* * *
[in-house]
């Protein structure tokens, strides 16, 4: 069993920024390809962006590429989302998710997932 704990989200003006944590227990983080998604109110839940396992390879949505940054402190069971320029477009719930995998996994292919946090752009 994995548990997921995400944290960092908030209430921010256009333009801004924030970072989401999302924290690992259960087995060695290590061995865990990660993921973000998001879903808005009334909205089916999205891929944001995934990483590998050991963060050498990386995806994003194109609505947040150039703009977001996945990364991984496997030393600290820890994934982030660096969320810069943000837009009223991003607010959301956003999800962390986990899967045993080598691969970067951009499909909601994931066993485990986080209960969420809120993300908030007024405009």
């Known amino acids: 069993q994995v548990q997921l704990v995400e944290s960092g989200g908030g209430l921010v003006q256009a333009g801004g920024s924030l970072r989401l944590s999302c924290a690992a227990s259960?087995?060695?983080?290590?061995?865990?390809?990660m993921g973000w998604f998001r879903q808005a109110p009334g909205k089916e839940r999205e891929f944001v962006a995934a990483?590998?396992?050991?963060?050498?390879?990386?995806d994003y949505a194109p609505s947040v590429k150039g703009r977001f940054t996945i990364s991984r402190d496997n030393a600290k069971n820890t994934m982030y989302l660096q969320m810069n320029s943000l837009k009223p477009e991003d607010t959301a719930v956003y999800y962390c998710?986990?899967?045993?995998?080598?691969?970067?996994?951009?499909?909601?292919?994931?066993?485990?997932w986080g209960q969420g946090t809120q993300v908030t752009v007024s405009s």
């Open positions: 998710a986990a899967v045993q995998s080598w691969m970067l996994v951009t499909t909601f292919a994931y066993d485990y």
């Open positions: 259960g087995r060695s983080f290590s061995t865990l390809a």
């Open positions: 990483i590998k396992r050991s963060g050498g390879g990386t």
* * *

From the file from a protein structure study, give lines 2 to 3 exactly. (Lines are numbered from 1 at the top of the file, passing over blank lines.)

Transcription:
């Protein structure tokens, strides 16, 4: 069993920024390809962006590429989302998710997932 704990989200003006944590227990983080998604109110839940396992390879949505940054402190069971320029477009719930995998996994292919946090752009 994995548990997921995400944290960092908030209430921010256009333009801004924030970072989401999302924290690992259960087995060695290590061995865990990660993921973000998001879903808005009334909205089916999205891929944001995934990483590998050991963060050498990386995806994003194109609505947040150039703009977001996945990364991984496997030393600290820890994934982030660096969320810069943000837009009223991003607010959301956003999800962390986990899967045993080598691969970067951009499909909601994931066993485990986080209960969420809120993300908030007024405009």
């Known amino acids: 069993q994995v548990q997921l704990v995400e944290s960092g989200g908030g209430l921010v003006q256009a333009g801004g920024s924030l970072r989401l944590s999302c924290a690992a227990s259960?087995?060695?983080?290590?061995?865990?390809?990660m993921g973000w998604f998001r879903q808005a109110p009334g909205k089916e839940r999205e891929f944001v962006a995934a990483?590998?396992?050991?963060?050498?390879?990386?995806d994003y949505a194109p609505s947040v590429k150039g703009r977001f940054t996945i990364s991984r402190d496997n030393a600290k069971n820890t994934m982030y989302l660096q969320m810069n320029s943000l837009k009223p477009e991003d607010t959301a719930v956003y999800y962390c998710?986990?899967?045993?995998?080598?691969?970067?996994?951009?499909?909601?292919?994931?066993?485990?997932w986080g209960q969420g946090t809120q993300v908030t752009v007024s405009s």